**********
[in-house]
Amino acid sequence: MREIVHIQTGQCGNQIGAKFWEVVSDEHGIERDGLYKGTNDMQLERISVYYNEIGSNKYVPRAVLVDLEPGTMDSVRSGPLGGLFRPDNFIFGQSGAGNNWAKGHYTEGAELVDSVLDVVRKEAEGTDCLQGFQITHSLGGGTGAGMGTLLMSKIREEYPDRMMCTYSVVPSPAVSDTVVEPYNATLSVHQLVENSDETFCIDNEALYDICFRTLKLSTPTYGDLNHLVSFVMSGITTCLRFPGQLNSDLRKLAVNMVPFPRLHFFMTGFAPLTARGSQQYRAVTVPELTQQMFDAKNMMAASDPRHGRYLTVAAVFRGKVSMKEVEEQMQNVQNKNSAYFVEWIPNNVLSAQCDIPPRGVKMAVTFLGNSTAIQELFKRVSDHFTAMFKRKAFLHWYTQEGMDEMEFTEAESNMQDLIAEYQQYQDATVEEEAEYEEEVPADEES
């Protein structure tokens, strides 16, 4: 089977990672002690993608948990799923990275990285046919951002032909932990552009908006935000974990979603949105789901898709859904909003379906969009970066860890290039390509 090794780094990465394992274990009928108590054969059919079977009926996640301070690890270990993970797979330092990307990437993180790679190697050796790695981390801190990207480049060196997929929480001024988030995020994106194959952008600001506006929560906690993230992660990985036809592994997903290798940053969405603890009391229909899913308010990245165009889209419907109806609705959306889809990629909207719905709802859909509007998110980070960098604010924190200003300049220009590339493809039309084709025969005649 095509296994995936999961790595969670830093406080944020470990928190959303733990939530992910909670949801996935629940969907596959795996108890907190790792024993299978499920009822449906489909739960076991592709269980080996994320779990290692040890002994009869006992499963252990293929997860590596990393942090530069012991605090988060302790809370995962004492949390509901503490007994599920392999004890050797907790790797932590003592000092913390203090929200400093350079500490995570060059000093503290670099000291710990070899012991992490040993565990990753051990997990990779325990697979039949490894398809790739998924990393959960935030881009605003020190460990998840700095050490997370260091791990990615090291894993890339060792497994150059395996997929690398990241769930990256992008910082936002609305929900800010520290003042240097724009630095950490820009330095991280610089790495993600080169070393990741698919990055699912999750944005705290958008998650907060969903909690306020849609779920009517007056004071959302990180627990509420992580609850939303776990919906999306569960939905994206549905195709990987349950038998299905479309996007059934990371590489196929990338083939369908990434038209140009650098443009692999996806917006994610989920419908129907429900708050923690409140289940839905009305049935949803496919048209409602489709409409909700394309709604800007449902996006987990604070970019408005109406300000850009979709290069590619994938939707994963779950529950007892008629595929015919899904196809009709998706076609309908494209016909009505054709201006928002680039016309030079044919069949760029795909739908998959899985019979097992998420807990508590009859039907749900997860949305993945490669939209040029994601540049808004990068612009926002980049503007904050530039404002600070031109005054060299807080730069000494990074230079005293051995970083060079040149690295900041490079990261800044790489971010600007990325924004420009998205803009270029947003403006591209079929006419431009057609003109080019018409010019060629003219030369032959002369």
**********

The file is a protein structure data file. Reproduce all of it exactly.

[in-house]
Amino acid sequence: MREIVHIQTGQCGNQIGAKFWEVVSDEHGIERDGLYKGTNDMQLERISVYYNEIGSNKYVPRAVLVDLEPGTMDSVRSGPLGGLFRPDNFIFGQSGAGNNWAKGHYTEGAELVDSVLDVVRKEAEGTDCLQGFQITHSLGGGTGAGMGTLLMSKIREEYPDRMMCTYSVVPSPAVSDTVVEPYNATLSVHQLVENSDETFCIDNEALYDICFRTLKLSTPTYGDLNHLVSFVMSGITTCLRFPGQLNSDLRKLAVNMVPFPRLHFFMTGFAPLTARGSQQYRAVTVPELTQQMFDAKNMMAASDPRHGRYLTVAAVFRGKVSMKEVEEQMQNVQNKNSAYFVEWIPNNVLSAQCDIPPRGVKMAVTFLGNSTAIQELFKRVSDHFTAMFKRKAFLHWYTQEGMDEMEFTEAESNMQDLIAEYQQYQDATVEEEAEYEEEVPADEES
């Protein structure tokens, strides 16, 4: 089977990672002690993608948990799923990275990285046919951002032909932990552009908006935000974990979603949105789901898709859904909003379906969009970066860890290039390509 090794780094990465394992274990009928108590054969059919079977009926996640301070690890270990993970797979330092990307990437993180790679190697050796790695981390801190990207480049060196997929929480001024988030995020994106194959952008600001506006929560906690993230992660990985036809592994997903290798940053969405603890009391229909899913308010990245165009889209419907109806609705959306889809990629909207719905709802859909509007998110980070960098604010924190200003300049220009590339493809039309084709025969005649 095509296994995936999961790595969670830093406080944020470990928190959303733990939530992910909670949801996935629940969907596959795996108890907190790792024993299978499920009822449906489909739960076991592709269980080996994320779990290692040890002994009869006992499963252990293929997860590596990393942090530069012991605090988060302790809370995962004492949390509901503490007994599920392999004890050797907790790797932590003592000092913390203090929200400093350079500490995570060059000093503290670099000291710990070899012991992490040993565990990753051990997990990779325990697979039949490894398809790739998924990393959960935030881009605003020190460990998840700095050490997370260091791990990615090291894993890339060792497994150059395996997929690398990241769930990256992008910082936002609305929900800010520290003042240097724009630095950490820009330095991280610089790495993600080169070393990741698919990055699912999750944005705290958008998650907060969903909690306020849609779920009517007056004071959302990180627990509420992580609850939303776990919906999306569960939905994206549905195709990987349950038998299905479309996007059934990371590489196929990338083939369908990434038209140009650098443009692999996806917006994610989920419908129907429900708050923690409140289940839905009305049935949803496919048209409602489709409409909700394309709604800007449902996006987990604070970019408005109406300000850009979709290069590619994938939707994963779950529950007892008629595929015919899904196809009709998706076609309908494209016909009505054709201006928002680039016309030079044919069949760029795909739908998959899985019979097992998420807990508590009859039907749900997860949305993945490669939209040029994601540049808004990068612009926002980049503007904050530039404002600070031109005054060299807080730069000494990074230079005293051995970083060079040149690295900041490079990261800044790489971010600007990325924004420009998205803009270029947003403006591209079929006419431009057609003109080019018409010019060629003219030369032959002369």